Are the Egyptian Protests "the Largest In Human History"? Probably Not.

Your News Companion by Ben Mathis-Lilley
July 3 2013 1:43 PM

Are the Egyptian Protests "the Largest In Human History"? Probably Not.

Big? Yes. Biggest? Probably not.

Photo by Spencer Platt/Getty Images

A number of media outlets have begun reporting that the anti-Morsi protests in Egypt are "the largest protests in human history" (or some variation thereof). Most of these outlets have been right-leaning: The Examiner, the Heritage Foundation, and have all perpetuated the claim, which has also caught fire on Twitter.

But is it true? Probably not. All of these outlets cite this single tweet as their source:


Nabuib Sawiris is a wildly wealthy businessman who chaired Orascom Telecom Holding when it lucratively launched North Korea's first cell phone operator. In recent years, Sawiris has dipped his toes into politics, founding the Al Masreyeen Al Ahrar party, which opposes Morsi. In 2011, Sawiris, a Coptic Christian, was accused of racism and Islamophoboa after tweeting an offensive cartoon. He is a vocal supporter of the anti-Morsi protests.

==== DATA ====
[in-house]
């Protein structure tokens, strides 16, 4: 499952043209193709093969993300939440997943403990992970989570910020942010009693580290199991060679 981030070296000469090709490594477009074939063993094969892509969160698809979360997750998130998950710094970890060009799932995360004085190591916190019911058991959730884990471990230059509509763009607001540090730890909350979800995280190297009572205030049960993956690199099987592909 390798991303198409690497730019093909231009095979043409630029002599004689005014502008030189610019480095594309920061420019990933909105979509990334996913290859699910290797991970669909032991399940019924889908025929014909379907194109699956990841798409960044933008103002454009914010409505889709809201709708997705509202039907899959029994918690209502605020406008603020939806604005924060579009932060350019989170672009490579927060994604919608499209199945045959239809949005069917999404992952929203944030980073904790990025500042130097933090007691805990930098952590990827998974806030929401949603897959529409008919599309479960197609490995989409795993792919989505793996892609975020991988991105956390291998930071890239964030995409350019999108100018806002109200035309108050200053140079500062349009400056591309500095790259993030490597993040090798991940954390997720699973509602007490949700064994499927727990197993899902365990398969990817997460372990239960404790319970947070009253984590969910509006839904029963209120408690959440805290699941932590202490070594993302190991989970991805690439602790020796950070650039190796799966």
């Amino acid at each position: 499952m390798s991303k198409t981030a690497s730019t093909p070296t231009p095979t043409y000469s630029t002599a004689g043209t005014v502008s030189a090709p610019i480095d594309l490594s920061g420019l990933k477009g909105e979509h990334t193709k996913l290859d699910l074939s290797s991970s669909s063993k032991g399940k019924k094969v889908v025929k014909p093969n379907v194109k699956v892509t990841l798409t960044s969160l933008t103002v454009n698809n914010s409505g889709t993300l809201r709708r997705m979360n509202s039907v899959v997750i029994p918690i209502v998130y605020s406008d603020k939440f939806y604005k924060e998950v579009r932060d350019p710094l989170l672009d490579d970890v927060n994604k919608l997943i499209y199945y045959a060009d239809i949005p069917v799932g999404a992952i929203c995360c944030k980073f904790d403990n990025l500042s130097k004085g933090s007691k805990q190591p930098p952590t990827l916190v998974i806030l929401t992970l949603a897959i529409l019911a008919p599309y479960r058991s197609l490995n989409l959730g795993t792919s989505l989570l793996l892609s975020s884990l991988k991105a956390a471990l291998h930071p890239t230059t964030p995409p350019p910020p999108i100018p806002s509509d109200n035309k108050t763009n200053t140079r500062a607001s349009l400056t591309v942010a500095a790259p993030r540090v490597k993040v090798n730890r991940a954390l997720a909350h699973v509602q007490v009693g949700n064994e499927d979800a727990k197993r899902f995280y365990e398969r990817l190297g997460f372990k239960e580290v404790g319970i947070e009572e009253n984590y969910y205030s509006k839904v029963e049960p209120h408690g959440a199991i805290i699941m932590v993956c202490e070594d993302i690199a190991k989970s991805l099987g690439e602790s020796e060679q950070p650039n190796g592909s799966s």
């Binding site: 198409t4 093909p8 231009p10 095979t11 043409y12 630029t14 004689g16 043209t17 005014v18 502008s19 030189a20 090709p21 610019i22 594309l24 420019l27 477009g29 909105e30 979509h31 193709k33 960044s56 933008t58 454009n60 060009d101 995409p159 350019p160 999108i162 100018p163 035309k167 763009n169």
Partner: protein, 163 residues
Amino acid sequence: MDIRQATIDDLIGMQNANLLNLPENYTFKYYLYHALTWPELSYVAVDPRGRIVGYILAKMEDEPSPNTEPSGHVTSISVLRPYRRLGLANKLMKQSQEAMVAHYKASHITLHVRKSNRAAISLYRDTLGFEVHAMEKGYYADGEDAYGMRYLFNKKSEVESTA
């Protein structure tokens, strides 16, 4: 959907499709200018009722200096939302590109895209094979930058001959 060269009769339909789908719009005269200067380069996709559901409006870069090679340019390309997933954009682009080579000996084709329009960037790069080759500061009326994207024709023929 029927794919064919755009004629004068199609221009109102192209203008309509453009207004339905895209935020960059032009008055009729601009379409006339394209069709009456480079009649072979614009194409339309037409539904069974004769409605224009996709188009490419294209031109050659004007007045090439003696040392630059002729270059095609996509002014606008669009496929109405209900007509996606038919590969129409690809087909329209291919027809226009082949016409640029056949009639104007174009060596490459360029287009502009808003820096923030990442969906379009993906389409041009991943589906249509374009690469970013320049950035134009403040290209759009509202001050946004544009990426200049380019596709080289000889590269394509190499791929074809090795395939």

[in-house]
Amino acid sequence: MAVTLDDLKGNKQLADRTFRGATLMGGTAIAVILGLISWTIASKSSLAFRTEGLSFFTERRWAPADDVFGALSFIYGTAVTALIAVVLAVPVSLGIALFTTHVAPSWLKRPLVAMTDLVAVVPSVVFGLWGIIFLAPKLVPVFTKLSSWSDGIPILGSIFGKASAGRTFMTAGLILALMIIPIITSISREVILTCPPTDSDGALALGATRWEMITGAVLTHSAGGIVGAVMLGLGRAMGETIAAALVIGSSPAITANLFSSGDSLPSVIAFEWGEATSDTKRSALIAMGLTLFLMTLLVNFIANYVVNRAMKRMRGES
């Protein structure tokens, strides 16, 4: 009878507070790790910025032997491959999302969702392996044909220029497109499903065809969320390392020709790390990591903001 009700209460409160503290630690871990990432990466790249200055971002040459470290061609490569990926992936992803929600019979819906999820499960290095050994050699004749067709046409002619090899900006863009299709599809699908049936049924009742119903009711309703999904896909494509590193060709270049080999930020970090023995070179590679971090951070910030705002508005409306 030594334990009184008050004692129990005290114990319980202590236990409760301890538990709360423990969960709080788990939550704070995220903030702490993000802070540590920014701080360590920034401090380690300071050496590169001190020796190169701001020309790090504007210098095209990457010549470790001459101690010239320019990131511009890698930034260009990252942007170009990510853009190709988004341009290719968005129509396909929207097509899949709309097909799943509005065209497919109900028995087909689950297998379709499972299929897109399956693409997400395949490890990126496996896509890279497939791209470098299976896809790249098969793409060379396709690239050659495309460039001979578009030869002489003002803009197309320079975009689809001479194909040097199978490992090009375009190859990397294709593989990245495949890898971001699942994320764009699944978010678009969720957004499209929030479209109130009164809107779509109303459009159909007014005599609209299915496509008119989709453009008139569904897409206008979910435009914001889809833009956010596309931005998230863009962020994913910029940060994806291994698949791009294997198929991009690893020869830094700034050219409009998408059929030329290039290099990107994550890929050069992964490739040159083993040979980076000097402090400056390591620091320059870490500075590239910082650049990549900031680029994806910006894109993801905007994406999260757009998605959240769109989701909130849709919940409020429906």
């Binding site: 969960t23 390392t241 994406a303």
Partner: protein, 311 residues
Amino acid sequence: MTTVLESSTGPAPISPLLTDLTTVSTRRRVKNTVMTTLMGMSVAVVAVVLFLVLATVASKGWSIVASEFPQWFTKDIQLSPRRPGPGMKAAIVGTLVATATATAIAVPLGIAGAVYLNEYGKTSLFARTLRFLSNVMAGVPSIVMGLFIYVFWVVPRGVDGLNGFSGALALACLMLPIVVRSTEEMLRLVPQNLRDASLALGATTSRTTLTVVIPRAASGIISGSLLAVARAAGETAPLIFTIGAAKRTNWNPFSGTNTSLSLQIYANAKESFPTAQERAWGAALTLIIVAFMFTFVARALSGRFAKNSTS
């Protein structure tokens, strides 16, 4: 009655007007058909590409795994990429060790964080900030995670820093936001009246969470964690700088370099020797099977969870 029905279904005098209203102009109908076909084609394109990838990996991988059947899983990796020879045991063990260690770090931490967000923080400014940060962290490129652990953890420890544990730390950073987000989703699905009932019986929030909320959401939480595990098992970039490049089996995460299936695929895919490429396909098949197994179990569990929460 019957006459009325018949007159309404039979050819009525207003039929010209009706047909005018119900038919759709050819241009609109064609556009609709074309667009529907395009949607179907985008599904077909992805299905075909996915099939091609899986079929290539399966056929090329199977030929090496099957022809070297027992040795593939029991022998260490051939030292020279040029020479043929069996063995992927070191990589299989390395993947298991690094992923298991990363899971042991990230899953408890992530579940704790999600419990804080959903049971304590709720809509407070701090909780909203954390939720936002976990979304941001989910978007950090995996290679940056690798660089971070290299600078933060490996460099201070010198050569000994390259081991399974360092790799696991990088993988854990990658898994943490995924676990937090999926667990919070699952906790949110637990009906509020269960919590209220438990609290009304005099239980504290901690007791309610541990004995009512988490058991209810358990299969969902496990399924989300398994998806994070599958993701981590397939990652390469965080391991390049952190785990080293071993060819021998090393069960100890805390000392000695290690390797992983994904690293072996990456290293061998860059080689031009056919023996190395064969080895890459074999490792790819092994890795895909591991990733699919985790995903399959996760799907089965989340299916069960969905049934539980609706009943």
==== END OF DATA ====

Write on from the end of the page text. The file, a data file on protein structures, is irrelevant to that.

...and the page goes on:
Sawiris' tweet cites the BBC, but when I asked the outlet's publicist, he doubted whether the organization had put forth such a statement.

"I can't find any BBC source for this and I'm not aware of one," he said, although given their "vast amount of output," he couldn't say for certain.

Whether or not BBC made the claim, it is almost certainly untrue. A number of previous demonstrations, including the February 15, 2003 anti-war protests, have probably drawn more people.

Mark Joseph Stern is a writer for Slate. He covers science, the law, and LGBTQ issues.


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